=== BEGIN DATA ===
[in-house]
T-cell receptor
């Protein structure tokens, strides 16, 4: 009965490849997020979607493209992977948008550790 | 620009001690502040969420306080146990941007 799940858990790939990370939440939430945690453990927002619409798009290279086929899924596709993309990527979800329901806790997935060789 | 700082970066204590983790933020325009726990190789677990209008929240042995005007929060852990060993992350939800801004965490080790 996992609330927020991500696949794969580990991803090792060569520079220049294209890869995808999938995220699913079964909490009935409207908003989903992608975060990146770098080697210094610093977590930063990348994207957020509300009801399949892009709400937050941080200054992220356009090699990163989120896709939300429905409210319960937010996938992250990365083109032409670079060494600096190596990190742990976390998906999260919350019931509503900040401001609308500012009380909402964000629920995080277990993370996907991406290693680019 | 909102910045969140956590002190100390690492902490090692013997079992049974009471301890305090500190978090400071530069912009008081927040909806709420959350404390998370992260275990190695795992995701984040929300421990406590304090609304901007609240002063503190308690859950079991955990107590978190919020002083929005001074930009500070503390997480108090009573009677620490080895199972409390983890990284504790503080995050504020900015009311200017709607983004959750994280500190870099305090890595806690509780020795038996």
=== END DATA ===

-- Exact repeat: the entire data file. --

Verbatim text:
[in-house]
T-cell receptor
């Protein structure tokens, strides 16, 4: 009965490849997020979607493209992977948008550790 | 620009001690502040969420306080146990941007 799940858990790939990370939440939430945690453990927002619409798009290279086929899924596709993309990527979800329901806790997935060789 | 700082970066204590983790933020325009726990190789677990209008929240042995005007929060852990060993992350939800801004965490080790 996992609330927020991500696949794969580990991803090792060569520079220049294209890869995808999938995220699913079964909490009935409207908003989903992608975060990146770098080697210094610093977590930063990348994207957020509300009801399949892009709400937050941080200054992220356009090699990163989120896709939300429905409210319960937010996938992250990365083109032409670079060494600096190596990190742990976390998906999260919350019931509503900040401001609308500012009380909402964000629920995080277990993370996907991406290693680019 | 909102910045969140956590002190100390690492902490090692013997079992049974009471301890305090500190978090400071530069912009008081927040909806709420959350404390998370992260275990190695795992995701984040929300421990406590304090609304901007609240002063503190308690859950079991955990107590978190919020002083929005001074930009500070503390997480108090009573009677620490080895199972409390983890990284504790503080995050504020900015009311200017709607983004959750994280500190870099305090890595806690509780020795038996």